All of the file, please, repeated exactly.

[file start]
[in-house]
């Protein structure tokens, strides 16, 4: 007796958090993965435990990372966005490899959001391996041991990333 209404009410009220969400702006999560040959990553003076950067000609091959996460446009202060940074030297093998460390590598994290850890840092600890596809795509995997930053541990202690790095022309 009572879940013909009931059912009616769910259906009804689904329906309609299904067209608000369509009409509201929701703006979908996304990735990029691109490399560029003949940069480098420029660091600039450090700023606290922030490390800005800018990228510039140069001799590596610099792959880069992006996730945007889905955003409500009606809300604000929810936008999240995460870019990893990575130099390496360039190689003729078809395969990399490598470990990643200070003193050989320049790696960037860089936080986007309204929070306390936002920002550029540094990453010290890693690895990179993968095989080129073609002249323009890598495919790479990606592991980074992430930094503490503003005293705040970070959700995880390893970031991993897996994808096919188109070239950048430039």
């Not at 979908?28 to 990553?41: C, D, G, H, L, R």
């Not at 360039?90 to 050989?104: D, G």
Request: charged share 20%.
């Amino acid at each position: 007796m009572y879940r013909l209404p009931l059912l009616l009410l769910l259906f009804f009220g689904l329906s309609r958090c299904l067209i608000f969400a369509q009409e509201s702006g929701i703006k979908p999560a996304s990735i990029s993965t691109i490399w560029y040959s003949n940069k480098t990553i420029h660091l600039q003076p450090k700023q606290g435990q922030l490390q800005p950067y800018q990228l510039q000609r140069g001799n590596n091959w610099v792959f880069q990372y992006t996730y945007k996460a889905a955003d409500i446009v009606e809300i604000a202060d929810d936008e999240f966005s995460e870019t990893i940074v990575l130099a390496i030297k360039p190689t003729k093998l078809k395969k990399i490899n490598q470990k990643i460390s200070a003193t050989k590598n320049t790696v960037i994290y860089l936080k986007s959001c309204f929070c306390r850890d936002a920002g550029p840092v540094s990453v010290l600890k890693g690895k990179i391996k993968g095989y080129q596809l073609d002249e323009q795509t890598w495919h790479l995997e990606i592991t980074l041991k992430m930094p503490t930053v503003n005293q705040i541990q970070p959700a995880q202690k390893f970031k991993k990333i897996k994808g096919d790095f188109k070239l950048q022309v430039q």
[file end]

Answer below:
[in-house]
């Protein structure tokens, strides 16, 4: 007796958090993965435990990372966005490899959001391996041991990333 209404009410009220969400702006999560040959990553003076950067000609091959996460446009202060940074030297093998460390590598994290850890840092600890596809795509995997930053541990202690790095022309 009572879940013909009931059912009616769910259906009804689904329906309609299904067209608000369509009409509201929701703006979908996304990735990029691109490399560029003949940069480098420029660091600039450090700023606290922030490390800005800018990228510039140069001799590596610099792959880069992006996730945007889905955003409500009606809300604000929810936008999240995460870019990893990575130099390496360039190689003729078809395969990399490598470990990643200070003193050989320049790696960037860089936080986007309204929070306390936002920002550029540094990453010290890693690895990179993968095989080129073609002249323009890598495919790479990606592991980074992430930094503490503003005293705040970070959700995880390893970031991993897996994808096919188109070239950048430039």
């Not at 979908?28 to 990553?41: C, D, G, H, L, R």
């Not at 360039?90 to 050989?104: D, G």
Request: charged share 20%.
């Amino acid at each position: 007796m009572y879940r013909l209404p009931l059912l009616l009410l769910l259906f009804f009220g689904l329906s309609r958090c299904l067209i608000f969400a369509q009409e509201s702006g929701i703006k979908p999560a996304s990735i990029s993965t691109i490399w560029y040959s003949n940069k480098t990553i420029h660091l600039q003076p450090k700023q606290g435990q922030l490390q800005p950067y800018q990228l510039q000609r140069g001799n590596n091959w610099v792959f880069q990372y992006t996730y945007k996460a889905a955003d409500i446009v009606e809300i604000a202060d929810d936008e999240f966005s995460e870019t990893i940074v990575l130099a390496i030297k360039p190689t003729k093998l078809k395969k990399i490899n490598q470990k990643i460390s200070a003193t050989k590598n320049t790696v960037i994290y860089l936080k986007s959001c309204f929070c306390r850890d936002a920002g550029p840092v540094s990453v010290l600890k890693g690895k990179i391996k993968g095989y080129q596809l073609d002249e323009q795509t890598w495919h790479l995997e990606i592991t980074l041991k992430m930094p503490t930053v503003n005293q705040i541990q970070p959700a995880q202690k390893f970031k991993k990333i897996k994808g096919d790095f188109k070239l950048q022309v430039q």